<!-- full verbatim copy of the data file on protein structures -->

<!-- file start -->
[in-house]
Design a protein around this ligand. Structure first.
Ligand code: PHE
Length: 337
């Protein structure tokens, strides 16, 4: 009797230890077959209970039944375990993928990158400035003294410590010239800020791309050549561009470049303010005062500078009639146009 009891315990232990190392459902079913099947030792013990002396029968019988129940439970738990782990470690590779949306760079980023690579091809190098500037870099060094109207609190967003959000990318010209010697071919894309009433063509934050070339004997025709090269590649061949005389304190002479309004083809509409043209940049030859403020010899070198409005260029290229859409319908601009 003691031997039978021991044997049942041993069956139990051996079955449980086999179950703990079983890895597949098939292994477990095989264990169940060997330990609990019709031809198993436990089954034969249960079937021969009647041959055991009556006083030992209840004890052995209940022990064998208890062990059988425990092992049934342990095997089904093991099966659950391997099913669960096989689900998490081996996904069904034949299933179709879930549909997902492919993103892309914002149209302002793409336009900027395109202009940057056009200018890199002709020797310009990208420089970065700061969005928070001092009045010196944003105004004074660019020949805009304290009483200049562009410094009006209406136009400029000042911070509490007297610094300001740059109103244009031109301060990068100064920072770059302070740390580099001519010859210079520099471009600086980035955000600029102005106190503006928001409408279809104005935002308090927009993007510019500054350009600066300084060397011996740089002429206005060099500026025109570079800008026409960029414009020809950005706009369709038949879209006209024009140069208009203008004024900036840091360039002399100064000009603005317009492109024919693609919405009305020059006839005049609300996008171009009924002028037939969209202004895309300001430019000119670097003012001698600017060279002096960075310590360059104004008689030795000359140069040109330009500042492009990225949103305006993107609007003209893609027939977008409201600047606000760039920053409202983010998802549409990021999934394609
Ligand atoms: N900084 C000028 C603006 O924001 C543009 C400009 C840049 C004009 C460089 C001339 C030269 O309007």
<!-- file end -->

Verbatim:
[in-house]
Design a protein around this ligand. Structure first.
Ligand code: PHE
Length: 337
């Protein structure tokens, strides 16, 4: 009797230890077959209970039944375990993928990158400035003294410590010239800020791309050549561009470049303010005062500078009639146009 009891315990232990190392459902079913099947030792013990002396029968019988129940439970738990782990470690590779949306760079980023690579091809190098500037870099060094109207609190967003959000990318010209010697071919894309009433063509934050070339004997025709090269590649061949005389304190002479309004083809509409043209940049030859403020010899070198409005260029290229859409319908601009 003691031997039978021991044997049942041993069956139990051996079955449980086999179950703990079983890895597949098939292994477990095989264990169940060997330990609990019709031809198993436990089954034969249960079937021969009647041959055991009556006083030992209840004890052995209940022990064998208890062990059988425990092992049934342990095997089904093991099966659950391997099913669960096989689900998490081996996904069904034949299933179709879930549909997902492919993103892309914002149209302002793409336009900027395109202009940057056009200018890199002709020797310009990208420089970065700061969005928070001092009045010196944003105004004074660019020949805009304290009483200049562009410094009006209406136009400029000042911070509490007297610094300001740059109103244009031109301060990068100064920072770059302070740390580099001519010859210079520099471009600086980035955000600029102005106190503006928001409408279809104005935002308090927009993007510019500054350009600066300084060397011996740089002429206005060099500026025109570079800008026409960029414009020809950005706009369709038949879209006209024009140069208009203008004024900036840091360039002399100064000009603005317009492109024919693609919405009305020059006839005049609300996008171009009924002028037939969209202004895309300001430019000119670097003012001698600017060279002096960075310590360059104004008689030795000359140069040109330009500042492009990225949103305006993107609007003209893609027939977008409201600047606000760039920053409202983010998802549409990021999934394609
Ligand atoms: N900084 C000028 C603006 O924001 C543009 C400009 C840049 C004009 C460089 C001339 C030269 O309007």